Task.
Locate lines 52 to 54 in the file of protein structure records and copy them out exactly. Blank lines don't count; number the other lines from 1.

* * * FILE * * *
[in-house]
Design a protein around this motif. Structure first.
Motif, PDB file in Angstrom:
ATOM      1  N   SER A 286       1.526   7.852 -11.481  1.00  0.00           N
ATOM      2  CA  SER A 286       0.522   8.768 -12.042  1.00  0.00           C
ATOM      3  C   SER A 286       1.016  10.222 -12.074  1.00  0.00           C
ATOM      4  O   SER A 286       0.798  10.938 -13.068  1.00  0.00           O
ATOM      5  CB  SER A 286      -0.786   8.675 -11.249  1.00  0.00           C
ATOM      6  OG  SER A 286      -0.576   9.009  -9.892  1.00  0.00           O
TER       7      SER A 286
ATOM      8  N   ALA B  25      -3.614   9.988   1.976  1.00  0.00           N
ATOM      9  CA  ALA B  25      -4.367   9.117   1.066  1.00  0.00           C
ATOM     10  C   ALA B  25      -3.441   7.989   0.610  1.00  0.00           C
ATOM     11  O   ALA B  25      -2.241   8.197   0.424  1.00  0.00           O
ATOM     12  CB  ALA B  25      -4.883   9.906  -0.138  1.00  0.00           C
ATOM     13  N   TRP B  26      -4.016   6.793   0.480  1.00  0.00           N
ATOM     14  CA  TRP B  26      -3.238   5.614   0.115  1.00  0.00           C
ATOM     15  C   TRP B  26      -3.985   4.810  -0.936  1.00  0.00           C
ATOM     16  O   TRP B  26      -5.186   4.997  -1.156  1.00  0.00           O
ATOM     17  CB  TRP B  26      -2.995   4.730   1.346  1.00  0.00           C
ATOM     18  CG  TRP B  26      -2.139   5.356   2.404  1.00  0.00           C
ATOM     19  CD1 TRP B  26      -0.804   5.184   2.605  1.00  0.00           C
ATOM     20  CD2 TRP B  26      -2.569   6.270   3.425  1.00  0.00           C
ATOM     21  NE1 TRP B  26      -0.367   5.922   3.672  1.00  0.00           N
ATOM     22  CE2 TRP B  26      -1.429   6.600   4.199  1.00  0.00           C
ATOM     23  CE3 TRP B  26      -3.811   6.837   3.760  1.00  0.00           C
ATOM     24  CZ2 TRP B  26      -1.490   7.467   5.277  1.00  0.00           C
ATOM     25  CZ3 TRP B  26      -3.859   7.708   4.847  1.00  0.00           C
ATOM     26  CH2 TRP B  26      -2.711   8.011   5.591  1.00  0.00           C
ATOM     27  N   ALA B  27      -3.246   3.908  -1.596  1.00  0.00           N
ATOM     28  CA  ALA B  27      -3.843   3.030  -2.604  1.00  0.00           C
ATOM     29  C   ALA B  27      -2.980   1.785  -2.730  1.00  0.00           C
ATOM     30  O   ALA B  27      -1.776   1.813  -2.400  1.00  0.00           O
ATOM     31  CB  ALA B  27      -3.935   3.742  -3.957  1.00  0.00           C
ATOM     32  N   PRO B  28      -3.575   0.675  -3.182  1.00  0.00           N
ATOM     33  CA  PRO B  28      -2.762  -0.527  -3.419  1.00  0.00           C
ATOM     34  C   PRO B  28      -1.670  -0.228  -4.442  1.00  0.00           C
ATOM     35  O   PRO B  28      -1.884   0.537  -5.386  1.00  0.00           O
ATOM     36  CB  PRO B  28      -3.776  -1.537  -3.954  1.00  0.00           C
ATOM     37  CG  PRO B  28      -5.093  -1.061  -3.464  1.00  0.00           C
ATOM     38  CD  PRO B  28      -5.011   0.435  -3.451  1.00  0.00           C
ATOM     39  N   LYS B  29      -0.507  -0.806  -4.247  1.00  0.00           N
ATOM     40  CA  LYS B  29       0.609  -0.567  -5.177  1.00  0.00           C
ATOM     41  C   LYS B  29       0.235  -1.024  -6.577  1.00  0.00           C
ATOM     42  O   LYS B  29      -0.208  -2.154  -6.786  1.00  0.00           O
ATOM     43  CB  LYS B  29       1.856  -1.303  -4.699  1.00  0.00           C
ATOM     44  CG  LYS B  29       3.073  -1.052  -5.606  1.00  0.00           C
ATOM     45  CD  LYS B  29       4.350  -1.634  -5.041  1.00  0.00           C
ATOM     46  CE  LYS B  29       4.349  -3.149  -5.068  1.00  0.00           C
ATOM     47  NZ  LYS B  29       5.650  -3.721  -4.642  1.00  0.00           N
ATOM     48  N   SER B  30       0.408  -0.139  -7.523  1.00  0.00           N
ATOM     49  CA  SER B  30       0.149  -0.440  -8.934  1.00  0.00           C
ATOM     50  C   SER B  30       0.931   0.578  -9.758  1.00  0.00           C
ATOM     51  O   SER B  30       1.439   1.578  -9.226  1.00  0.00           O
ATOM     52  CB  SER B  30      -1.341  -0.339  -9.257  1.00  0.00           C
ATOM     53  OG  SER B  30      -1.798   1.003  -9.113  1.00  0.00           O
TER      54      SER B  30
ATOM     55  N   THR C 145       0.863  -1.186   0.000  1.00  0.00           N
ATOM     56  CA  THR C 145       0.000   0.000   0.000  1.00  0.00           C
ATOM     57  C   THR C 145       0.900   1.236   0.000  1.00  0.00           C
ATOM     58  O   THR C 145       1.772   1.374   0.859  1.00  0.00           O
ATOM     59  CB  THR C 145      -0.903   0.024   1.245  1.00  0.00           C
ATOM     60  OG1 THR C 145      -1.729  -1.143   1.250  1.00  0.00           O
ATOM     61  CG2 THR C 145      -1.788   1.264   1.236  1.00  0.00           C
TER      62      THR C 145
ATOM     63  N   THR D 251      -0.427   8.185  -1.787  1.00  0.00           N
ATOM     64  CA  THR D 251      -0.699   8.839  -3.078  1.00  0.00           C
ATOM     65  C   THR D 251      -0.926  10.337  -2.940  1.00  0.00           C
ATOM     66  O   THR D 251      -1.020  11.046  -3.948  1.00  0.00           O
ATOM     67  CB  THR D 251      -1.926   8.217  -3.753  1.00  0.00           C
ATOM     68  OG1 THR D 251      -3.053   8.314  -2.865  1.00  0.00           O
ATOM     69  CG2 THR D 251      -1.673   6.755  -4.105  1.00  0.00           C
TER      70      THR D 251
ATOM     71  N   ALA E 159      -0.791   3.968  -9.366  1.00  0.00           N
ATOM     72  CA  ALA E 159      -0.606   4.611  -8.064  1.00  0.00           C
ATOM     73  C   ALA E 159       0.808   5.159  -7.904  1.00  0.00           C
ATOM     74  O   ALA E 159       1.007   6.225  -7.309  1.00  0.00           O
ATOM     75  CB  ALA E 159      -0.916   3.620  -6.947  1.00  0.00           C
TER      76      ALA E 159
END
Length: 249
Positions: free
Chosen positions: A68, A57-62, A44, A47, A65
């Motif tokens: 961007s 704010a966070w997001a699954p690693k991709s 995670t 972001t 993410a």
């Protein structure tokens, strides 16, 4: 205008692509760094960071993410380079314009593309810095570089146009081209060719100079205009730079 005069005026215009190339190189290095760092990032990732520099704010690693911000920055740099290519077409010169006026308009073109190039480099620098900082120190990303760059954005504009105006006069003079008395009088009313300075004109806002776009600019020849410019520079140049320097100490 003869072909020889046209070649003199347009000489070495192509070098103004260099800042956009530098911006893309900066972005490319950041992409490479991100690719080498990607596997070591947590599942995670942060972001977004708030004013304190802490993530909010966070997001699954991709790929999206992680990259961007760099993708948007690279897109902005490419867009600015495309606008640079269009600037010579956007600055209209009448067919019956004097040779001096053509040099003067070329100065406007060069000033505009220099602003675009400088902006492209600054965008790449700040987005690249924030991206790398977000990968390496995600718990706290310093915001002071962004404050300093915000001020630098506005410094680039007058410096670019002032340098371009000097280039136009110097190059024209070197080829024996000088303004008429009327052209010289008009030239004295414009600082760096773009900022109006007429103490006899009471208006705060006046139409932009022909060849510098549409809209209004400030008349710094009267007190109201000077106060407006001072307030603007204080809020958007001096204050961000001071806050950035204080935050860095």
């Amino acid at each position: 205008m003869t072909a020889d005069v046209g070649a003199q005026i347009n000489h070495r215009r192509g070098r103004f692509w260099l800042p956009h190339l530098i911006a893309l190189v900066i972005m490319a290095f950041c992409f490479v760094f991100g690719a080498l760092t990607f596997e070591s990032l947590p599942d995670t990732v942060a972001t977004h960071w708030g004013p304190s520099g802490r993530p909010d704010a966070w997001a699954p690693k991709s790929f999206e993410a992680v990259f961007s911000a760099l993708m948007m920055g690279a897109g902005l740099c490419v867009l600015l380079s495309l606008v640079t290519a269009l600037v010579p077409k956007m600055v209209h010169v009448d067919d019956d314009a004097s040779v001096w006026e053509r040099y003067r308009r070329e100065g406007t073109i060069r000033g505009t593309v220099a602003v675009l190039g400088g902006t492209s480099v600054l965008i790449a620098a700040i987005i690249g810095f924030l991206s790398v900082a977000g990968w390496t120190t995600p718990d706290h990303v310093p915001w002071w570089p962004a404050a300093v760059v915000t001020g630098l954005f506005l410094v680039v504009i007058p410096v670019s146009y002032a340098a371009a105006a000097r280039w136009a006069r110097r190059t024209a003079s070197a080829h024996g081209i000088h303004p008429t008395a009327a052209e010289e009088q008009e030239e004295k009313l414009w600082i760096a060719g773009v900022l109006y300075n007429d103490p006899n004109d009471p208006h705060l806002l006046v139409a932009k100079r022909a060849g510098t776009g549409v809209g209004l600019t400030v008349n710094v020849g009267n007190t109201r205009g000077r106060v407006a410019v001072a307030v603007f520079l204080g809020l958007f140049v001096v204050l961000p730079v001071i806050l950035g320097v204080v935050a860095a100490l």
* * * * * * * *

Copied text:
ATOM     49  CA  SER B  30       0.149  -0.440  -8.934  1.00  0.00           C
ATOM     50  C   SER B  30       0.931   0.578  -9.758  1.00  0.00           C
ATOM     51  O   SER B  30       1.439   1.578  -9.226  1.00  0.00           O